Free Webinars

Short courses and webinars are attractive, especially to people who are looking for ways to expand their knowledge in a specific subject. Companies can develop and offer quality, free webinars within a limited time period, and encourage people to register for them by signing up using their email addresses. 

 

Cheat Sheets

Let’s say your company’s website has a blog or video tutorials that discuss complicated subjects. You can offer your audience one-page cheat sheets on various topics addressed so they have a tool they can save and refer back to as needed. It can be a summary of a given subject or a bulleted list of the most important points from a video on your site. Again, consumers would have to provide their email address in order to obtain the content.

 

Implementing a Good Lead Magnet: 6 Questions to Consider

Consumers are constantly bombarded with online marketing efforts these days, so they aren’t simply going to give their email addresses away for nothing. They need to feel that there is a value in giving their contact information, and lead magnets are an effective way to create that value.

Here are six questions to consider when creating and implementing a good lead magnet:

 

1. Does it offer a high perceived value?

What will people consider before providing their email address to a particular website in exchange for something? The value of whatever it is they are getting in return.

 

Companies need to understand what they’re target demographic is looking for, and tailor these lead magnet offerings to them. For instance, potential customers of a jewelry company are likely interested in jewelry.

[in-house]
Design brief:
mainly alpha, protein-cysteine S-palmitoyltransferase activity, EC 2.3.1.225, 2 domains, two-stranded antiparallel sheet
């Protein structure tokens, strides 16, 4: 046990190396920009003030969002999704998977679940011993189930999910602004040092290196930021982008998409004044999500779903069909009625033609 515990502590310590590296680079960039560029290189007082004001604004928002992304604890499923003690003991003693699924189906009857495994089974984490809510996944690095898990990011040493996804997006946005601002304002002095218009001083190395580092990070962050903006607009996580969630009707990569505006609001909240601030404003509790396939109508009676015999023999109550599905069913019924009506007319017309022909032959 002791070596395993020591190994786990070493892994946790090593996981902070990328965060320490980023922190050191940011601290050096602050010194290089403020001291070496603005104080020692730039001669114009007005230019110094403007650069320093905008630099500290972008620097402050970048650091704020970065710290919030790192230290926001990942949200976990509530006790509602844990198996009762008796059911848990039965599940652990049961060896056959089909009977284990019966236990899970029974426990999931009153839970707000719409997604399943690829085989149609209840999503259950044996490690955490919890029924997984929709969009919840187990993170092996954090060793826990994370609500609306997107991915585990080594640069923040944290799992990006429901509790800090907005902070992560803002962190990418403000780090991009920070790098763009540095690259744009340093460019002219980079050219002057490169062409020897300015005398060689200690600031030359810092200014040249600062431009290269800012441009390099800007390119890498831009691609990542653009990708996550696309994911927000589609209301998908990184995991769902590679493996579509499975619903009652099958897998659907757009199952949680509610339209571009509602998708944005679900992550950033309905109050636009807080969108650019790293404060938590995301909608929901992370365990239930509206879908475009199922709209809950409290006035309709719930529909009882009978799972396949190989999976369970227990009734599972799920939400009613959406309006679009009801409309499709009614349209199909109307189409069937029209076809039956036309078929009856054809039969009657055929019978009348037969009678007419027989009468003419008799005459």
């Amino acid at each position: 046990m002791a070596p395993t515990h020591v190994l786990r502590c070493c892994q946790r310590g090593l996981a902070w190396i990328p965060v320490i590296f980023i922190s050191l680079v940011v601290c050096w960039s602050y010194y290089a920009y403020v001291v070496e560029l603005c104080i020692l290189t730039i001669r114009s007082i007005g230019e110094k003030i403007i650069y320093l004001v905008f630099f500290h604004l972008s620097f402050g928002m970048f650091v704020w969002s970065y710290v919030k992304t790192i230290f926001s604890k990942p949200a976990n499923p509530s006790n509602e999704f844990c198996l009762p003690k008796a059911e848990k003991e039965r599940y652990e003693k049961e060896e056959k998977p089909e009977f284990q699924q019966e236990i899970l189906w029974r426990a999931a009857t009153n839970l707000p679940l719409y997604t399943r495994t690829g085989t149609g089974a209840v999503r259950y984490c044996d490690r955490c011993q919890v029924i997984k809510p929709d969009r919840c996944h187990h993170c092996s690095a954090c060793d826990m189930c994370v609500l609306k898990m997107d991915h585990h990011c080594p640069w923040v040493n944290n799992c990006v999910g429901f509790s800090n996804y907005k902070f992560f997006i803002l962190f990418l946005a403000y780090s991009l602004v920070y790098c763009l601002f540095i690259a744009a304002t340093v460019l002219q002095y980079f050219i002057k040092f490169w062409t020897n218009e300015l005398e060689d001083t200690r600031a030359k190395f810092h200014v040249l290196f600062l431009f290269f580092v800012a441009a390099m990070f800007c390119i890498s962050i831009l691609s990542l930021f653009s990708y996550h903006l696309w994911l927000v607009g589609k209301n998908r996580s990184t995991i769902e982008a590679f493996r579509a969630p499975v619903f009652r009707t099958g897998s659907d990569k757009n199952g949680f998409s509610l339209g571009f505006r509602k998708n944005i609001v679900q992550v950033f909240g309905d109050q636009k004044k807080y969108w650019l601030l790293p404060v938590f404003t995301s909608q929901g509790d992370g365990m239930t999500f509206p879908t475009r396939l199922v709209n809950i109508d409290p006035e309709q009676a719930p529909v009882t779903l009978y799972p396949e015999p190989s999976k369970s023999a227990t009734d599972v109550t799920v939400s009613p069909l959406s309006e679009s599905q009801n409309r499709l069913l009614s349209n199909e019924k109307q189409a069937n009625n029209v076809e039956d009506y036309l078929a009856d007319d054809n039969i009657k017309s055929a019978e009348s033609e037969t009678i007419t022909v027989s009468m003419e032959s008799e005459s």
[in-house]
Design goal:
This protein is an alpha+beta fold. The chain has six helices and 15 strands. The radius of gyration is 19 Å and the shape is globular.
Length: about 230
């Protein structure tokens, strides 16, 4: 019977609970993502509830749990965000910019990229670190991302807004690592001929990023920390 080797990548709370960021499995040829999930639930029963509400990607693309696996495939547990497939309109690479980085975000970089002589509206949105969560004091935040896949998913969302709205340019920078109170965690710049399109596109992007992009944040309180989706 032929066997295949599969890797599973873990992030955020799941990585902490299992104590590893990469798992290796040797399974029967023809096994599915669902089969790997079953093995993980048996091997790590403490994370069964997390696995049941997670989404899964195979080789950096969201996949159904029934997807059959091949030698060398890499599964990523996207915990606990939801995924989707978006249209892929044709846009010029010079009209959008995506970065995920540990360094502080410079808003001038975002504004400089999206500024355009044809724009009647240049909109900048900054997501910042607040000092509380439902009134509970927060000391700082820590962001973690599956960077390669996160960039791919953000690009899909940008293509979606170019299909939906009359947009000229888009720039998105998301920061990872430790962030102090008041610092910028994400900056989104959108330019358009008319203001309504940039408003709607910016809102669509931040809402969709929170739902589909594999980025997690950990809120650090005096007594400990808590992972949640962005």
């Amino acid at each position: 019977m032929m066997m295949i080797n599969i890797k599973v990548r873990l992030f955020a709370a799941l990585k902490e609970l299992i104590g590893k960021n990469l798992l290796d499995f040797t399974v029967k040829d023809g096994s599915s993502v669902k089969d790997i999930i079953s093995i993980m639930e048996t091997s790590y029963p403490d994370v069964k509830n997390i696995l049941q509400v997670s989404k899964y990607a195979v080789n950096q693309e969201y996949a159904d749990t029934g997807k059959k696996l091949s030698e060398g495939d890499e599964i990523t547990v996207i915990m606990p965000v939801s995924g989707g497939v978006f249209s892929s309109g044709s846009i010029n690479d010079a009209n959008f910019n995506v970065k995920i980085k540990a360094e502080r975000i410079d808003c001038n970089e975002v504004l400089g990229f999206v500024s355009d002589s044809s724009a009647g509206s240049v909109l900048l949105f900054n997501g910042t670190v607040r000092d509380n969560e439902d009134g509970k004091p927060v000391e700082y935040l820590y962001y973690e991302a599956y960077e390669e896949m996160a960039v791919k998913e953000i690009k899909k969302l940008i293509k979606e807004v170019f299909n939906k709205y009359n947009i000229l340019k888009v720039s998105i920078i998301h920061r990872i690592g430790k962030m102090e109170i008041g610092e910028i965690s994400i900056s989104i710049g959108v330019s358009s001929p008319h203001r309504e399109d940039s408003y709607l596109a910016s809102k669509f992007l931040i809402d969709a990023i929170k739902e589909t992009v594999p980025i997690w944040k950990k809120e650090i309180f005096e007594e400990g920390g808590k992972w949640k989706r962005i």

Offering them a discount on items is going to be more valuable than, say, a free webinar. But for a B2B company that’s targeting other business owners, a short-course webinar on a relevant topic like business marketing strategies would be more valuable to sales prospects. The higher the value of your lead magnet offerings, the faster you’ll be able to build out your email list.

 

2. Does it deliver on that value?

A lead magnet that looks valuable or appealing on the outside may initially appeal to potential customers, but if the offering lacks substance, the company won’t succeed in converting those leads to sales.

 

For example, it’s not enough to entice people with a hollow checklist. Companies need to make sure that once potential customers click on that checklist and give their email address in exchange for it, they’re receiving something of high quality and that delivers on what it’s promising.

 

The more relevant, substantive, and specific an offering is, the better. Companies that mislead customers with offerings that fall short, may gain a reputation for trying to cheat their customers which could hurt the brand in the long run.